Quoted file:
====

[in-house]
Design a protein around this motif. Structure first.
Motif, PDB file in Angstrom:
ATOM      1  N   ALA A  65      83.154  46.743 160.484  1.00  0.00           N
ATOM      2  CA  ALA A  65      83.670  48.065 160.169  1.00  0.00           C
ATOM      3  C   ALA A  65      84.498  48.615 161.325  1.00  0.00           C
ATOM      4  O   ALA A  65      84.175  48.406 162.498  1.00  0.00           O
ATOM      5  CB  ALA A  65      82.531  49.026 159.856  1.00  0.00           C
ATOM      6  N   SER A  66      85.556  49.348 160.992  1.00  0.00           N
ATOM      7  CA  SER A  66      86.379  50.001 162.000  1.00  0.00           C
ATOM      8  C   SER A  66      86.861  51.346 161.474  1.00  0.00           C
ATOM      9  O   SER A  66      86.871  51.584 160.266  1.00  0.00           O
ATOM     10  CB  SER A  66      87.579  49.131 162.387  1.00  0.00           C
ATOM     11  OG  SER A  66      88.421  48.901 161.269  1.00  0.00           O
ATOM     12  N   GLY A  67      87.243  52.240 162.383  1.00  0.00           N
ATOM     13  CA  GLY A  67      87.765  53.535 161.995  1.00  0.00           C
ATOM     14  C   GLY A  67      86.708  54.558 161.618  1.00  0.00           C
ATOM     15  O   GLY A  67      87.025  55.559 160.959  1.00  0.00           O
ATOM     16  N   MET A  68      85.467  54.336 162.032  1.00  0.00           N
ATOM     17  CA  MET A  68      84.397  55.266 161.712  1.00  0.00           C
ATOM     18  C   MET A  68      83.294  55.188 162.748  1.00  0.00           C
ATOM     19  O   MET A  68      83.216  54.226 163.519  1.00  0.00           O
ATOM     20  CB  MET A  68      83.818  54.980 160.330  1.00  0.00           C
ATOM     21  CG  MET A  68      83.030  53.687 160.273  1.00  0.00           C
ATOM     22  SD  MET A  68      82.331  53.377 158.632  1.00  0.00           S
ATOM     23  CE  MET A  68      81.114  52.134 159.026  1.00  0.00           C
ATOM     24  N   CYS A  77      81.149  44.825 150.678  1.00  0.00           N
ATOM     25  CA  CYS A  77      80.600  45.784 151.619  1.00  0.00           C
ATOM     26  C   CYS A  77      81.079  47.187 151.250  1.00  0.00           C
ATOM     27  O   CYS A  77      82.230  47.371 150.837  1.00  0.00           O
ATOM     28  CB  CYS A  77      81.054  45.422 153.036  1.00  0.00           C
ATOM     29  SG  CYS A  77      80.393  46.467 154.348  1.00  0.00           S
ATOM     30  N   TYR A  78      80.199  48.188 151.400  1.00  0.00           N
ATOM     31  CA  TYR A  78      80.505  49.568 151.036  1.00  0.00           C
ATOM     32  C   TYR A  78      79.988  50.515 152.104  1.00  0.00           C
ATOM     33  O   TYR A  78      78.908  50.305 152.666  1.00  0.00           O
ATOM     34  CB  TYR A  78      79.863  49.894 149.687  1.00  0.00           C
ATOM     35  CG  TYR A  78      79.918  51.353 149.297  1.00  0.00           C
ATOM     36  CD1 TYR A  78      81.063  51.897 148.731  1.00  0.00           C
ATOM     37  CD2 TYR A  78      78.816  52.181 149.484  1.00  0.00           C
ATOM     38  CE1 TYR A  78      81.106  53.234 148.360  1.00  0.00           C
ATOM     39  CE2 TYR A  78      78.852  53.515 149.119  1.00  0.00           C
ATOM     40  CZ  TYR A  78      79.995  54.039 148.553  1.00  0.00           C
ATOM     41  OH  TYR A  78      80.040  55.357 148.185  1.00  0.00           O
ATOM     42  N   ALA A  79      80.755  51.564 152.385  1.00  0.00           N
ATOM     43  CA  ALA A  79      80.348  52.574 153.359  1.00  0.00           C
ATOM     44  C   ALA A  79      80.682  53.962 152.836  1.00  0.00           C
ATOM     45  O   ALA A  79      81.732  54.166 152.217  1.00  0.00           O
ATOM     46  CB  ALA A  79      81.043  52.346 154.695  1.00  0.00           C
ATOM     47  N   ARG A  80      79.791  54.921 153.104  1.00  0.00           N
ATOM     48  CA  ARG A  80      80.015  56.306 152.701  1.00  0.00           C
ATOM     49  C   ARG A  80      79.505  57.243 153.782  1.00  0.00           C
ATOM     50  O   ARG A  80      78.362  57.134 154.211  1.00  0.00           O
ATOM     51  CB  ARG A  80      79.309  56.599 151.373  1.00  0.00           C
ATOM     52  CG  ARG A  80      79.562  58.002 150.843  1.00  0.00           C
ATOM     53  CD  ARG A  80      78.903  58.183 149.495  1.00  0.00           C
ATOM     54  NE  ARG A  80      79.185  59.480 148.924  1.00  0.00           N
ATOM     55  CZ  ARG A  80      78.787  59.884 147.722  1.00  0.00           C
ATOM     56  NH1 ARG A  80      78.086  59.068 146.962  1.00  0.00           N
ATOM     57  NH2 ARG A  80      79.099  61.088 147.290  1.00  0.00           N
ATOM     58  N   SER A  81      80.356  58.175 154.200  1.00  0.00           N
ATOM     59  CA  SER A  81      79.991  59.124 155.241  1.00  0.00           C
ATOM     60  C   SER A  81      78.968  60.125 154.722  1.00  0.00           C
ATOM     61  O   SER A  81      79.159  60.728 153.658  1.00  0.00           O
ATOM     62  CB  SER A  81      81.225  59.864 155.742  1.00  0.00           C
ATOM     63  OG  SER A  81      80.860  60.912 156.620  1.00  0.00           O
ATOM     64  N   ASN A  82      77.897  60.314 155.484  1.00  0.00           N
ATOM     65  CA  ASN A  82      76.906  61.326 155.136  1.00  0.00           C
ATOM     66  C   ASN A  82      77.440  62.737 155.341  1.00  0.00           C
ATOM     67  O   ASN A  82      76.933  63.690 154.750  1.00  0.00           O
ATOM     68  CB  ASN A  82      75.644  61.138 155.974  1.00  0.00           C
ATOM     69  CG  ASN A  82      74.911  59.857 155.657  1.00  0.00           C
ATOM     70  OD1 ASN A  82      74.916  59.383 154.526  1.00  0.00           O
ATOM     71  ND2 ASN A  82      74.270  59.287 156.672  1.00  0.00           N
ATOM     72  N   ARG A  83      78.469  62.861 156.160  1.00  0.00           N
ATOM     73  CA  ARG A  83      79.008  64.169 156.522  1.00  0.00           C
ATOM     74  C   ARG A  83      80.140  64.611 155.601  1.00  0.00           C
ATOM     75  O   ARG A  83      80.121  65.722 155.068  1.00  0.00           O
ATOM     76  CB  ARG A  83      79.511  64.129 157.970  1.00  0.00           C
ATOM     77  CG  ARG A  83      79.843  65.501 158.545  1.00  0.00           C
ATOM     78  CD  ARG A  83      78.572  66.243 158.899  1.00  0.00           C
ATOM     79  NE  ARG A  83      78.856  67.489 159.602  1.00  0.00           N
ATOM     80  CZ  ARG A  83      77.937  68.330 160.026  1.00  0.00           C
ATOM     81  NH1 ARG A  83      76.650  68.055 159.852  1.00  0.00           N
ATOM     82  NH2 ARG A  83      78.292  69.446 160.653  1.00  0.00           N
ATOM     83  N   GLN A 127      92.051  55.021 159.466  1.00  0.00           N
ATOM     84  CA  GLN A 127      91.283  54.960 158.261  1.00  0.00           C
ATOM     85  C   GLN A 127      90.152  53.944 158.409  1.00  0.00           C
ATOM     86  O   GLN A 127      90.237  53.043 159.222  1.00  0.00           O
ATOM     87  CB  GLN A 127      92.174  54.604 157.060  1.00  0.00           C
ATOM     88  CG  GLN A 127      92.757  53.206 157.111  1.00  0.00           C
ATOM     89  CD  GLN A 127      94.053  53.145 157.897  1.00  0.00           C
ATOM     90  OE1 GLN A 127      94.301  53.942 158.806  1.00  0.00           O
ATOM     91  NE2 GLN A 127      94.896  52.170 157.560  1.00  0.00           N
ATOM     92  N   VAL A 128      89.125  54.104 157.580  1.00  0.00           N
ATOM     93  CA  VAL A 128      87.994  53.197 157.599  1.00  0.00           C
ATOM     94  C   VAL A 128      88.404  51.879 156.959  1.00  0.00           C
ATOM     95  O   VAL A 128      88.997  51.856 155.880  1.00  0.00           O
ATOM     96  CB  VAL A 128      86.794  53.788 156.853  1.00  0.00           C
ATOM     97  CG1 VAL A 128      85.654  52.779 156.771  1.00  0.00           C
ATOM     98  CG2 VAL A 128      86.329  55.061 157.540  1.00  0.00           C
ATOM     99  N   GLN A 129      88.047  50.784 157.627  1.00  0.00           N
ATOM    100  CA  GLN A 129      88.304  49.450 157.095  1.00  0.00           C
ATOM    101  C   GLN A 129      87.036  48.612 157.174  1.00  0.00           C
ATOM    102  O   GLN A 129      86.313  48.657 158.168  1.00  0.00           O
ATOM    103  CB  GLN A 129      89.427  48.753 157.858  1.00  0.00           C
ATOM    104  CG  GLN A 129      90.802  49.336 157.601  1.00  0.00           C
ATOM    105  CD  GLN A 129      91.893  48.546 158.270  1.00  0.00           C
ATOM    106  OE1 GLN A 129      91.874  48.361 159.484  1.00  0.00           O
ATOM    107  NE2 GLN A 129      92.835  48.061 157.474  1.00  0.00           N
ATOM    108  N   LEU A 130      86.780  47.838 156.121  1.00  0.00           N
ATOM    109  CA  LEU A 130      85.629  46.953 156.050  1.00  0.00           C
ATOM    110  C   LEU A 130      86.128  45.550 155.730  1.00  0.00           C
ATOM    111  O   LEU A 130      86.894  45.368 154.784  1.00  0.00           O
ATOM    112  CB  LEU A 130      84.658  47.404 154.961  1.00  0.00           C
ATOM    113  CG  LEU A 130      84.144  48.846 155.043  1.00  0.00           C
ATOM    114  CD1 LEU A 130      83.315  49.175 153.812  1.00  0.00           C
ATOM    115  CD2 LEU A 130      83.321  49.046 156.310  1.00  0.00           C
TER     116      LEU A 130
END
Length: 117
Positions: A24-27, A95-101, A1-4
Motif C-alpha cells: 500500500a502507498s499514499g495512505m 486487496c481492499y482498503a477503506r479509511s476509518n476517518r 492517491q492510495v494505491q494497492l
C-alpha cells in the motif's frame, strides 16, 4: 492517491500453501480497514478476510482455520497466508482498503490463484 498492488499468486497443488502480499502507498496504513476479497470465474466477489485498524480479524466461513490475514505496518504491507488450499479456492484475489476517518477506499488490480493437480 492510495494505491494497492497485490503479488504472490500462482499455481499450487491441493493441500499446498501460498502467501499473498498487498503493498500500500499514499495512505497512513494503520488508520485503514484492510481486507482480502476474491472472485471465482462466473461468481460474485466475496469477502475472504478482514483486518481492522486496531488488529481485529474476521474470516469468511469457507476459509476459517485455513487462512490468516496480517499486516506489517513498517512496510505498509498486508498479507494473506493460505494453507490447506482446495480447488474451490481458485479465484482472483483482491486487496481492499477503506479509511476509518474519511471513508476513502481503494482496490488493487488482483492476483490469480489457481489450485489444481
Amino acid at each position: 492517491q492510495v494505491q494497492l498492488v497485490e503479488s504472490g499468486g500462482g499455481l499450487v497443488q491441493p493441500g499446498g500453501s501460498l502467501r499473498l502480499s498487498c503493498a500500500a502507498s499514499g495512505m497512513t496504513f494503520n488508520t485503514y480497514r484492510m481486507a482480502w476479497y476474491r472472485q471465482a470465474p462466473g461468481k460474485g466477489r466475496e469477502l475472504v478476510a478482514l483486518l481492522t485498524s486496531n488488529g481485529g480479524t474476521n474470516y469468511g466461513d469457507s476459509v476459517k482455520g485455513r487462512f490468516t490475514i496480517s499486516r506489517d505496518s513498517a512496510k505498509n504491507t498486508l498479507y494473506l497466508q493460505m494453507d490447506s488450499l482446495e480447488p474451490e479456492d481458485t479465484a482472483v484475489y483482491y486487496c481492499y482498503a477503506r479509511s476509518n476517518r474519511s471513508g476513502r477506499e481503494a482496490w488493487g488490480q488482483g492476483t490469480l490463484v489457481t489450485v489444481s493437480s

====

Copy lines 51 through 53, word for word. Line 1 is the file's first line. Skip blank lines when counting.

ATOM     48  CA  ARG A  80      80.015  56.306 152.701  1.00  0.00           C
ATOM     49  C   ARG A  80      79.505  57.243 153.782  1.00  0.00           C
ATOM     50  O   ARG A  80      78.362  57.134 154.211  1.00  0.00           O